Concerning the sample BET-surface area values, in general the SIM coverage from Mo oxide phase led to a more or less marked decrease of surface area compared with that of bare SIM; the values are not in any clear relation with the amount of Mo oxide loaded on the support (Table 1). The results suggest that higher surface areas values were obtained when the Mo oxide aggregates could enter into the SIM mesopores while when wider Mo oxide aggregates were formed, they arranged on the external surface of SIM blocking the pore entrance and causing a more important decrease of surface. The pore size distribution (PSD) of SIM presented a unique pore size population (centered at 2.6 nm of size) while the Mo-samples presented bimodal pore size distributions (Table 1), one of low size (from 1.9 to 2.4 nm) and the other of higher size (from 3.2 to 3.7 nm). The partial filling of the mesopores of SIM by the Mo oxide aggregates gave rise to the smaller pore size population (PSD < 2.6 nm), while the wider Mo oxide aggregates developed a pore size population of larger size (PSD > 3.2 nm). The MoSi_os sample had very high surface area and porosity (529 m2·g–1 and 0.33 cm3·g–1, respectively); a main PSD population around 3.2 nm of size was observed.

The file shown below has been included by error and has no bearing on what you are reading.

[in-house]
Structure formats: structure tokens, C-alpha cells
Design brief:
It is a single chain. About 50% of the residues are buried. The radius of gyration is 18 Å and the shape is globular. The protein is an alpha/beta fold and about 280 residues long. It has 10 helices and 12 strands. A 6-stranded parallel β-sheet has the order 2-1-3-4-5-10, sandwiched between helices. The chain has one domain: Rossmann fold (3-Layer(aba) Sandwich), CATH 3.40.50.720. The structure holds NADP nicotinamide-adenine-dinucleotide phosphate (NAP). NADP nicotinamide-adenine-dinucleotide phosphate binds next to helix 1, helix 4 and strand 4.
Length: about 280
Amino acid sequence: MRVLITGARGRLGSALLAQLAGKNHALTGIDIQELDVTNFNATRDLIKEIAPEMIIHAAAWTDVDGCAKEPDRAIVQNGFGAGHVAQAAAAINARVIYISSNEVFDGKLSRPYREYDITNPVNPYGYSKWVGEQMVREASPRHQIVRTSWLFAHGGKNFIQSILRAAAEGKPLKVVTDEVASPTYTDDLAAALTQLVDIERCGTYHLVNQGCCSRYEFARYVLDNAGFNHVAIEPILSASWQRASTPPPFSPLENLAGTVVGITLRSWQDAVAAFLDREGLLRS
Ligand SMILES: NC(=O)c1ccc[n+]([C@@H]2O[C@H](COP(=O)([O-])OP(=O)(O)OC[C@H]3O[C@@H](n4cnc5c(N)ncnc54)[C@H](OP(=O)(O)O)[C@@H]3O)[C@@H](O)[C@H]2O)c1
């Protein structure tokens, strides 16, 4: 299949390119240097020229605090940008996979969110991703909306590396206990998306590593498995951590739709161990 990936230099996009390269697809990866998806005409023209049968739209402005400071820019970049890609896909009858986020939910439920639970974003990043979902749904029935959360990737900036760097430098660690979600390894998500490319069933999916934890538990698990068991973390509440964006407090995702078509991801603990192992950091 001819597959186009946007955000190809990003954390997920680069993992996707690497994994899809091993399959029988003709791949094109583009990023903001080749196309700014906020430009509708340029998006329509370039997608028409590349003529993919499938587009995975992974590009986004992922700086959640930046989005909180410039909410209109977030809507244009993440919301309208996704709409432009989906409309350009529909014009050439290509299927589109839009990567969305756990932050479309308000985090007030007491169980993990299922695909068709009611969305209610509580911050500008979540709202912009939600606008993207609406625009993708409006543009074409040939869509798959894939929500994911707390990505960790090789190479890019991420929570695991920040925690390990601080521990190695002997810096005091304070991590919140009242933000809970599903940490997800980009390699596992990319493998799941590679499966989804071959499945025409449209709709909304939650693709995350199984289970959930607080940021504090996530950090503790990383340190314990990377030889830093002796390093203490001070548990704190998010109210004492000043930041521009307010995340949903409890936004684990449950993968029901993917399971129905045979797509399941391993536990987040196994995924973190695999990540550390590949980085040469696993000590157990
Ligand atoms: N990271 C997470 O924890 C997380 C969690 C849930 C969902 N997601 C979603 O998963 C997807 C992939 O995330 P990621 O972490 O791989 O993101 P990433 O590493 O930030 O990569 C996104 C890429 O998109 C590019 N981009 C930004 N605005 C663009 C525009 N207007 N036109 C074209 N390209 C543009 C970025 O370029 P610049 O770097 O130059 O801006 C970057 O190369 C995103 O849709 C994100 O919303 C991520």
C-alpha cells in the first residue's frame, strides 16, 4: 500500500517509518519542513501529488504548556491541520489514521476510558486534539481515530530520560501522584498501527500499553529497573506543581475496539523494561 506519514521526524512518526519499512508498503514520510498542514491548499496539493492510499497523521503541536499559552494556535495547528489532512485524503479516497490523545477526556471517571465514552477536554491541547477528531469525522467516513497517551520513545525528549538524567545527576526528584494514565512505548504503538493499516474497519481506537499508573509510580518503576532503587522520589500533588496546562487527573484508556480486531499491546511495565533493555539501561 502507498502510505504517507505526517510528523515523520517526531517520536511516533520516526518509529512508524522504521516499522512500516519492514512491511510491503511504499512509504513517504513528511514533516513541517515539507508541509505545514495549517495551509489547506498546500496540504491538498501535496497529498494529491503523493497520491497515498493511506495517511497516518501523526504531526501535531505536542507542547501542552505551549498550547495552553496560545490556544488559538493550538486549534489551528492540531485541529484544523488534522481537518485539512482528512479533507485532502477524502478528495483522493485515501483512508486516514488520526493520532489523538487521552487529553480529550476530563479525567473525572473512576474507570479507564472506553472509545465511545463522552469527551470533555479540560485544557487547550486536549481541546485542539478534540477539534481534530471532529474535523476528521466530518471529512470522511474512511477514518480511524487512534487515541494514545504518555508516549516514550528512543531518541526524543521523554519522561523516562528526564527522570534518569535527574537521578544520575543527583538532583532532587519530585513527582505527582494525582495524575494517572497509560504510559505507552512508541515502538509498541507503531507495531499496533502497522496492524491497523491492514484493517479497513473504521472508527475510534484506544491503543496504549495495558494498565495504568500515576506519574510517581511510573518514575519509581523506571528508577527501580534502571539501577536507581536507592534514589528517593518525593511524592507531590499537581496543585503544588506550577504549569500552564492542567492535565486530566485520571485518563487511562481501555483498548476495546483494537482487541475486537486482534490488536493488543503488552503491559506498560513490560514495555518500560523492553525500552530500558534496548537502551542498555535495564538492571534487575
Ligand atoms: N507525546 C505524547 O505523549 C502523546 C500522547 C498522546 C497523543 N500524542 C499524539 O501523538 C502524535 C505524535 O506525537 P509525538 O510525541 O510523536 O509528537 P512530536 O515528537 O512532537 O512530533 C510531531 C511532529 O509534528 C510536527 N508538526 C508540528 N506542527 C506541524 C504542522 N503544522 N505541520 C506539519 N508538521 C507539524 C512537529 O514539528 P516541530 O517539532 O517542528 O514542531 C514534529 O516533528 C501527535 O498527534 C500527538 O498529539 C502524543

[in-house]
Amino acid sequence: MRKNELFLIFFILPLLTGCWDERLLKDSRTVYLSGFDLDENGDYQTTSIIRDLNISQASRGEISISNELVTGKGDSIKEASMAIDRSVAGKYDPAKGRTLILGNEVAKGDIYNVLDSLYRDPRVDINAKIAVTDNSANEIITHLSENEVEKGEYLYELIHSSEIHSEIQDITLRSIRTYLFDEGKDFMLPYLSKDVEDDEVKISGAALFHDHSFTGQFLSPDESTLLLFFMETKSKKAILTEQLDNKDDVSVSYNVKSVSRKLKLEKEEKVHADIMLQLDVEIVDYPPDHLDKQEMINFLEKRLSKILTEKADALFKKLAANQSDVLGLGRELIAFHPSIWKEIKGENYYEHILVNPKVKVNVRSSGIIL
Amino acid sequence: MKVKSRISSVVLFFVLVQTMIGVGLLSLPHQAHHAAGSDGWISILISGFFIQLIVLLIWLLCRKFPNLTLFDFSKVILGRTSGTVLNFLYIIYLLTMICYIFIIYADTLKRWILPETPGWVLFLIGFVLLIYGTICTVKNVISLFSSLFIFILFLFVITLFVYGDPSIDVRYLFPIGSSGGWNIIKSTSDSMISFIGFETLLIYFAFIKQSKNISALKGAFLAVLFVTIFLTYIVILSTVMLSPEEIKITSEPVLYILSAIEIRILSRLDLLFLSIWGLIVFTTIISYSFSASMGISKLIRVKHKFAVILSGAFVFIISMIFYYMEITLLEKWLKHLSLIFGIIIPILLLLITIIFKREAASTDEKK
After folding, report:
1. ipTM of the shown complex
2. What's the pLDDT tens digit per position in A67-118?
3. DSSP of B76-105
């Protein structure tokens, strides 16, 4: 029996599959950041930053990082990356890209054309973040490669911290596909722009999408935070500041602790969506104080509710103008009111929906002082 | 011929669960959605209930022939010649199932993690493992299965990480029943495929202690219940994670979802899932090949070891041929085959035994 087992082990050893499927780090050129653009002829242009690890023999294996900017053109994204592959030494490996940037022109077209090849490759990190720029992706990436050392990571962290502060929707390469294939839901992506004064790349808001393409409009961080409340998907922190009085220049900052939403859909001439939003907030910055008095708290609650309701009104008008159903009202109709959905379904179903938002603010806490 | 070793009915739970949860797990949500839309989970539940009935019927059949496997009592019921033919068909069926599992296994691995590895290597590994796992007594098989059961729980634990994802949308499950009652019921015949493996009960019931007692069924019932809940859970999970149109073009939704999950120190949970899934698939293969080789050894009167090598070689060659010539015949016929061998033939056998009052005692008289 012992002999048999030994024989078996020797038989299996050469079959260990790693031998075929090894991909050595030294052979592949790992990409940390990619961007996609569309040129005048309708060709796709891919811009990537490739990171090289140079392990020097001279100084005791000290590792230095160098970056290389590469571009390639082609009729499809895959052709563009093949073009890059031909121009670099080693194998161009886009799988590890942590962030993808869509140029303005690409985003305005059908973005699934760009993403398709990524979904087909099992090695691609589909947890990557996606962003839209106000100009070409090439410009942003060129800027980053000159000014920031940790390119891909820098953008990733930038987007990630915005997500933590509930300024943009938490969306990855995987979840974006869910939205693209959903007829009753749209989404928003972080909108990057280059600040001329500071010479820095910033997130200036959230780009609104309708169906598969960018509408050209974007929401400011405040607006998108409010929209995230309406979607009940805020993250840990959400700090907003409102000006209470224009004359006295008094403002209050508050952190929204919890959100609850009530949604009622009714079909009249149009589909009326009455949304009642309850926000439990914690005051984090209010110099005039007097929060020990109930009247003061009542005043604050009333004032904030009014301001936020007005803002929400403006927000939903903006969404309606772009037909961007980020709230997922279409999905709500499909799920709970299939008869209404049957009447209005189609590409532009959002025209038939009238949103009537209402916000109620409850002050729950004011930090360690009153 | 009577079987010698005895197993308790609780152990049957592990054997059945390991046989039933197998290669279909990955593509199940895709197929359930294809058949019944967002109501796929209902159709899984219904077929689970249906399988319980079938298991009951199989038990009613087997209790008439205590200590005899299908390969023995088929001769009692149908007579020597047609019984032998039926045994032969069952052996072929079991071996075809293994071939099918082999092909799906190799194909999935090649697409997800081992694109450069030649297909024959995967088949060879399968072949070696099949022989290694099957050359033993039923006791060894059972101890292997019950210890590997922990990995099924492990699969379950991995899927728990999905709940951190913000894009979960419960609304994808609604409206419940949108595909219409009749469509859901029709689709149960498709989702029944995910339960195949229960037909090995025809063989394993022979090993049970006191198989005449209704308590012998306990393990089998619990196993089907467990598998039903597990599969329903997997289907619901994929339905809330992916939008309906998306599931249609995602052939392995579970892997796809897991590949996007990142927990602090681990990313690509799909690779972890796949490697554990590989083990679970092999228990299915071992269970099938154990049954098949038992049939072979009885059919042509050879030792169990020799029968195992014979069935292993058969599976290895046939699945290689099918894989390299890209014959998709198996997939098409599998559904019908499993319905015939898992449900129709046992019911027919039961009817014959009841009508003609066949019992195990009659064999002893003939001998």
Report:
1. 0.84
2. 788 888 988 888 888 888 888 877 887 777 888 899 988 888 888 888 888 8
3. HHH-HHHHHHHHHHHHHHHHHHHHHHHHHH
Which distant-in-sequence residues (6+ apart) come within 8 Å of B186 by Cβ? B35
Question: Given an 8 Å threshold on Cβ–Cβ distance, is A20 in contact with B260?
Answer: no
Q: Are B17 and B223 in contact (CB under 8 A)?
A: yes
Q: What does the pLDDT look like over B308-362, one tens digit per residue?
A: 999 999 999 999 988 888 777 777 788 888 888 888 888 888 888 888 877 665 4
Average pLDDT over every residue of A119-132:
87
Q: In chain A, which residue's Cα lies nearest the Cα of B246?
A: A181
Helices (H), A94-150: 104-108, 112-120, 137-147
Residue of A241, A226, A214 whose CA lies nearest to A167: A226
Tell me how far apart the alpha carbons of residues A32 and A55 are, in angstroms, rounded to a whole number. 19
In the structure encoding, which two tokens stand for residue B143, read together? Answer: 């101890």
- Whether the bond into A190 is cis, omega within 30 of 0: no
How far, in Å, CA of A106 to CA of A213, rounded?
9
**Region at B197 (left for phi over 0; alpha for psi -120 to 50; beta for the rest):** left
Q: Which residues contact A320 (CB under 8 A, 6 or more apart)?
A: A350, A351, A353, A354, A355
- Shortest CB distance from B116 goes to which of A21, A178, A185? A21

X-ray powder diffraction patterns (XRD) of the Mosamples are compared in Figure 4. In all the patterns, a broad band in the 20˚ - 30˚ 2θ characteristic of unstructured silica appeared. The patterns of the two highest Mo concentrated samples (MoSi_ing and MoSi_org) are similar and reveal the main presence of stable phase or-

Figure 3. TGA/DTG profiles of the MoSi_os sample prepared by one step synthesis with a sol-gel procedure.

thorhombic α-MoO3 with co-presence of the meta-stable hexagonal h-MoO3, in lower amount. A semi-quantitative evaluation of the cristallite size (by Scherrer law) gave 45 - 60 nm for the particle dimension. All the other samples displayed XRD patterns typical of amorphous materials without the possibility to know if the absence of any diffraction peak was due to absence of long-range order of the MoO3 phase or to the too low amount of MoO3 to observe diffraction.

3.3. XPS Surface Properties